We cannot lightly dismiss the possibilities of European or wider federation or some other means of achieving political stability in Europe and the Far East—certainly not on the grounds that it would be opposed to the fundamental interests of the United States. The “crude device” of the balance of power is predicated upon continuance of the war system; and if we build the future upon any such premise—without heroic efforts of another character—we must be prepared to admit the complete bankruptcy of Western civilization. Where Mr. Spykman is indubitably right, of course, is in his conviction that until something less crude is, in fact, established, we must spend whatever wealth and sweat may be necessary for the achievement of military security, based upon the power factor alone. But the present state of industrial and military technology is such that there hardly can be security for one without security for all—a security based upon a more integrated political system than the modern world has thus far known. To be sure, as Mr. Spykman says, force is the cornerstone of security. But it does not have to be irresponsible force, irresponsibly controlled. It might be force centralized and regulated in the interest of a wider community than any single nation, even if that nation be our own United States—a wider community than any regional leagues created primarily for the purpose of balancing power.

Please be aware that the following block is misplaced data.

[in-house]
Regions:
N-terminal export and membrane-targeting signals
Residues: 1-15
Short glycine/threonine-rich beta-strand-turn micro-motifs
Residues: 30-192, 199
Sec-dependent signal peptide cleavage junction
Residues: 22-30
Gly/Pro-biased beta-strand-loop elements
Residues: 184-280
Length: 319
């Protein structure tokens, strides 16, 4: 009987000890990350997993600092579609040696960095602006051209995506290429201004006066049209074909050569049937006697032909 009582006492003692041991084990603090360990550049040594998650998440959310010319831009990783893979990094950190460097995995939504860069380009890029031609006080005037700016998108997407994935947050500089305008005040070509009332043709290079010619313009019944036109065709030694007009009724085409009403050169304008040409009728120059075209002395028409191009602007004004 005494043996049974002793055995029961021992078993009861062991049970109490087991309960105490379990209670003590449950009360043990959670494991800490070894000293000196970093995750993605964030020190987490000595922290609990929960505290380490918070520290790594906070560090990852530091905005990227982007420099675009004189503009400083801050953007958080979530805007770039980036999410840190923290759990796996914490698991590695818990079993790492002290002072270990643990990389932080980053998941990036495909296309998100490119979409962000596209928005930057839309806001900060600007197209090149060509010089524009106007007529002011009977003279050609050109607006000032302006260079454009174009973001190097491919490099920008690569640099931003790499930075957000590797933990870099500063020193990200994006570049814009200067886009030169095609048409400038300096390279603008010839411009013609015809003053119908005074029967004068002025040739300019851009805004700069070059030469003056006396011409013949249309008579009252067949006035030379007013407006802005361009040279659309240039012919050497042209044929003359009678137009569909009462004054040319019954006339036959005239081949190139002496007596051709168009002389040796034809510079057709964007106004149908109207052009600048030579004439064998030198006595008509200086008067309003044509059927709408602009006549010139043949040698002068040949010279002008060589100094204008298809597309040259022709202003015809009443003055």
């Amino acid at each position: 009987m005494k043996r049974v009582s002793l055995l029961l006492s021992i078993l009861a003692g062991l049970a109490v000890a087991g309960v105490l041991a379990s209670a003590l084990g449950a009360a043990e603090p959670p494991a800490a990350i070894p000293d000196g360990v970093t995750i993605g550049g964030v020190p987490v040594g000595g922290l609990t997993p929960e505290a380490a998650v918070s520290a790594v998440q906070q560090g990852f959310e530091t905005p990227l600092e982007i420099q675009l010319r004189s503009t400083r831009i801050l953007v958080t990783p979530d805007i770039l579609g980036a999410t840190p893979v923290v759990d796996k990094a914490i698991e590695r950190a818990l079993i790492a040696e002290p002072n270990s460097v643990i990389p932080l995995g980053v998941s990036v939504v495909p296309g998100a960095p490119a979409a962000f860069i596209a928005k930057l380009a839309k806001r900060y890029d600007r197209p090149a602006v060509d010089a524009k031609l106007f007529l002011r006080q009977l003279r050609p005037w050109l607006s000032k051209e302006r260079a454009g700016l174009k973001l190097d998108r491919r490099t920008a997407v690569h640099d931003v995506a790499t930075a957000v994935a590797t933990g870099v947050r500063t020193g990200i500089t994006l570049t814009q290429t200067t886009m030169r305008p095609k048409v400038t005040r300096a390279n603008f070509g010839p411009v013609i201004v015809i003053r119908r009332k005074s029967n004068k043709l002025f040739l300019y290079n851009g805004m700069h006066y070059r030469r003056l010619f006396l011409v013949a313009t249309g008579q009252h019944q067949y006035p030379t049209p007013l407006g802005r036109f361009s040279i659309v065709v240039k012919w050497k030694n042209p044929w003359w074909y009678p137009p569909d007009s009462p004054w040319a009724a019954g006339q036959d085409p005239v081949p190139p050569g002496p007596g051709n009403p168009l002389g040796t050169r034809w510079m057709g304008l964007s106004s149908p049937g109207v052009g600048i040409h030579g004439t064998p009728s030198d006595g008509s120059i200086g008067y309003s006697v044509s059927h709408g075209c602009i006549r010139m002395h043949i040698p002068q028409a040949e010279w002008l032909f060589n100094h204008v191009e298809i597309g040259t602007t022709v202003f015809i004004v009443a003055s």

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I would question whether Earle accurately characterized Spykman’s views, either about the relationship between geography and technology (which in fact is essential to his understanding of the importance of the “rimlands”) or his post-war security strategy, which was set out in his 1944 monograph (published posthumously), The Geography of the Peace.Spykman wrote to this point in a January 11, 1943 letter to the editor of Life magazine, commenting on a December 21, 1942 article on geopolitics that characterized him as an advocate of “cold-blooded power politics.”

You have quoted me correctly in stating that the preservation of some balance of power in Europe and Asia is a prerequisite to the security in the Western Hemisphere. But you failed to mention that I recommended a regional League of Nations in Europe and in the Far East. My interest in a balance of power is not merely inspired by a concern for our power position, but also by my conviction that only in a system of approximately balanced power is collective security workable. Only under such conditions can common action create overwhelming power on behalf of the international community. If there is no possibility of balancing power, there is no possibility of restraint and the less power required to checkmate aggression, the more likely are states to make good on their guarantees. I am in favor of a balance of power in Europe and Asia because only under such circumstances can the United States, which is far away, participate effectively in the preservation of international order and undertake positive commitments to preserve the territorial integrity of small states across the oceans.


One would have to parse Spykman’s position with greater care than Earle did to come to a full understanding of what their argument was all about—but it is an indication of the rich intellectual cross-currents that existed during this period when conceptions of American national security were fundamentally redefined.